Tips For Travelling The Trans-Siberian Railway With The Family | The Viking Abroad
Travel Blogger from Norway
Travel Blogger from Norway
19195
post-template-default,single,single-post,postid-19195,single-format-standard,ajax_fade,page_not_loaded,,qode-theme-ver-7.8,wpb-js-composer js-comp-ver-4.11.2.1,vc_responsive
 

Tips For Travelling The Trans-Siberian Railway With The Family

21 Jul Tips For Travelling The Trans-Siberian Railway With The Family

Image by Kshchen via Flickr

 

I bet most people will agree with me that a Trans-Siberian Railway trip is one of the most popular train journeys. The railway connects Moscow with Vladivostok which is a town located in the far-east side of Russia. The Trans-Siberian railway is nearly 9,300 kilometres, meaning the journey takes more than one week. In this article, we shall discuss the tips for travelling the Trans-Siberian railway with your family. Here they are:
Booking Tickets

There are websites that have made booking very easy since you can now book your ticket and that of your family directly on these websites. However, when booking the tickets, there are things to consider. The first one is time – the Russian train schedules are listed in Moscow time. So unless you are in Moscow, you have to know whether the location you are is ahead or behind Moscow time. Another thing to consider is the departure/arrival station, putting in mind that Moscow has several stations. However, they are not located far from each other. Failing to know your departure station may lead to inconvenience and, at times, missing your train. To make your booking exercise smooth and quick, visit www.thetranssiberiantravelcompany.com.
Classes and Seating

The Trans-Siberian Railway provides three classes i.e. the Spalny wagon which is the first one, Kupe the second, and platzkartny the third. The first cabin is usually for two people and has better facilities, the second class is for four people and is best for someone travelling with family and friends while the last one is the third class which is basically an open wagon with dozens of beds.

 

In most cases, the first class is usually full of tourists and is considerably expensive while the second class has a closed cabin which provides privacy but does not provide much comfort. For more details, make sure to contact specialist consultants.
Food and Water

Opposite the attendant’s compartment, there is a samovar which has boiling water. However, it is recommended to bring your own water bottle which you can use when you need to refill water. The food available in the dining car and sold by vendors around the halls is usually overpriced and comes in a limited variety so it is advisable to bring your own food especially when you have a family and you are sure you will spend several days on the journey. For instance, you may bring dried fruits, granola bars, and pretzels which can help supplement meals offered in the train.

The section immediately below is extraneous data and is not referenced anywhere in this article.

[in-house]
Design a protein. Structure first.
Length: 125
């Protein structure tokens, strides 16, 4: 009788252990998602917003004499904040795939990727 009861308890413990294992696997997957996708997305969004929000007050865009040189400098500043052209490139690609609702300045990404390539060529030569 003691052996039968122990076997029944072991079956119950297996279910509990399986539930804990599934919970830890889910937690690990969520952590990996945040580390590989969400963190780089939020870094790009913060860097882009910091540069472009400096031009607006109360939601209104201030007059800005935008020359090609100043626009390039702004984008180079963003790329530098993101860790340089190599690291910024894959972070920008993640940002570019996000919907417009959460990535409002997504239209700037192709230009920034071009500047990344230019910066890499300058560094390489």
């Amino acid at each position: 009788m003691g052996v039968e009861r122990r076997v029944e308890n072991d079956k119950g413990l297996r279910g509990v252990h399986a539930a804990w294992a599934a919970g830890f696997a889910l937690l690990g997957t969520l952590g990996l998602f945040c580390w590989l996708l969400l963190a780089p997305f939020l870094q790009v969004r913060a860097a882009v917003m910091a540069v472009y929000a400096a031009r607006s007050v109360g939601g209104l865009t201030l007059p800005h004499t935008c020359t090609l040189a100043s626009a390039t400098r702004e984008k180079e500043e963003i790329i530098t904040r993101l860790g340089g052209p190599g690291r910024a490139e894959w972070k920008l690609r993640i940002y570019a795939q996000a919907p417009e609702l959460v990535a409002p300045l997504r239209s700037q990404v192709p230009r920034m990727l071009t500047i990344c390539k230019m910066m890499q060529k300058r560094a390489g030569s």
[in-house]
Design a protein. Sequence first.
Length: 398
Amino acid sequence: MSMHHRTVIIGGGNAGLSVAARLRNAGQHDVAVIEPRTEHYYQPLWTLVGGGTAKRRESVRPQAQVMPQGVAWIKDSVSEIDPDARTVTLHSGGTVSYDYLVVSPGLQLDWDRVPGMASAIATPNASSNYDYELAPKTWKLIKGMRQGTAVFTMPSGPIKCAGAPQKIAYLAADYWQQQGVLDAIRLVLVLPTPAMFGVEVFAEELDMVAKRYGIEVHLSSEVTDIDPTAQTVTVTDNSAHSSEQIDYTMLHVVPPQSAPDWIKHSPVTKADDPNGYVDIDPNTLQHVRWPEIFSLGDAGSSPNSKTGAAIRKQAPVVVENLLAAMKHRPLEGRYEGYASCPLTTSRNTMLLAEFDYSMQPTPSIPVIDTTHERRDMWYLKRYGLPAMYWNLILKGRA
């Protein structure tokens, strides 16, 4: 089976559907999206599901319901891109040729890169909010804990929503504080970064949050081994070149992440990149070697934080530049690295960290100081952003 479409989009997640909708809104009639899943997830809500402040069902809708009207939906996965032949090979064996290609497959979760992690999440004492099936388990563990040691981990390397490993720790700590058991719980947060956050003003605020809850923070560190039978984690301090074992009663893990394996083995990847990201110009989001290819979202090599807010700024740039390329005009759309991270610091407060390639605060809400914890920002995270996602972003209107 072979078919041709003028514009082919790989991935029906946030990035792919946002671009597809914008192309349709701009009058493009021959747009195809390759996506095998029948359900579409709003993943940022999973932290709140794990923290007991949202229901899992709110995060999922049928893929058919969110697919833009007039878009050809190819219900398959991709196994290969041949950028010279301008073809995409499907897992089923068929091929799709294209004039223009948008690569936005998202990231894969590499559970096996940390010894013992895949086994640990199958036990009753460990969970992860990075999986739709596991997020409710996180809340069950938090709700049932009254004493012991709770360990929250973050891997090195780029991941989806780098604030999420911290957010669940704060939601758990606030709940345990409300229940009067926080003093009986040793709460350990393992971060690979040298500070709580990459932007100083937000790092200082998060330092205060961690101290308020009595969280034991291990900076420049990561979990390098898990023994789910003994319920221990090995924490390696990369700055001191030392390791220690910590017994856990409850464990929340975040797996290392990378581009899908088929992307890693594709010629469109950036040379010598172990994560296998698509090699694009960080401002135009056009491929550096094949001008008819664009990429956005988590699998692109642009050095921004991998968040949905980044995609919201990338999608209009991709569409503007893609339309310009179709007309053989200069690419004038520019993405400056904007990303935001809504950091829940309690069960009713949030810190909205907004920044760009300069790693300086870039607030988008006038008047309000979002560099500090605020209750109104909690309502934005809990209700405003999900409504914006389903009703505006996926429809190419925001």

Facilities to Bring

Unless you are travelling on the first class, you can be sure you won’t have an electrical outlet of your own. The second class and third class has communal electrical outlets that are located in the corridors. For this reason, it would be great if you brought your personal electrical outlet extension with you. It will save you and your family a lot of headache. Another thing you may need is an electronic dictionary and a Cyrillic keyboard which will make it easier for Russian friends who you may find on board to type. Lastly, a pocket knife is also very helpful when it comes to opening food packages and at times cutting the food.
Stay Close to Train at the Terminals

Most of the time, the trains do not spend more than twenty minutes at the train stations. However, you may find some people being overwhelmed by the rural areas and they get tempted to wander around. Well, the train never waits for such people when the departure announcement is made. So, it is advisable to be keen because when you are left behind, you will be stuck in that place until the next train comes. Also, most train attendants speak very limited English and that is why it is important to understand key phrases and words that are used regularly on the train.

 

 

Take note of these tips and you’re sure to enjoy your Trans-Siberian trip with your family.

 

5 Comments
  • Sandy N Vyjay
    Posted at 02:16h, 25 July Reply

    I am fascinated by trains. The trans-Siberian railway must be one of the most epic rail road journeys in the world. Hope to get on this some day. Your tips are really very practical and sensible and would help in making the experience an enjoyable one.

  • Sarah Kim
    Posted at 11:58h, 25 July Reply

    Wow such a detailed post. I really like there is boiling water available, and your suggestion to bring my own water bottle! I love tea so this would be perfect. I’ll bring my own tea too 🙂

  • Colby
    Posted at 23:26h, 25 July Reply

    I love train travel and have always wanted to take a trip on the Trans Siberian Railway. It’s good to know that power outlets are not readily available. There’s nothing worse than being on a long trip with dead electronics.

  • Colby
    Posted at 23:26h, 25 July Reply

    I love train travel and have always wanted to take a trip on the Trans Siberian Railway. It’s good to know that power outlets are not readily available. There’s nothing worse than being on a long trip with dead electronics.

  • Agness of aTukTuk
    Posted at 12:03h, 06 August Reply

    This train journey is on my bucket list for a while, Vibeke. Excellent post! Do you suggest booking tickets in advance?

Post A Comment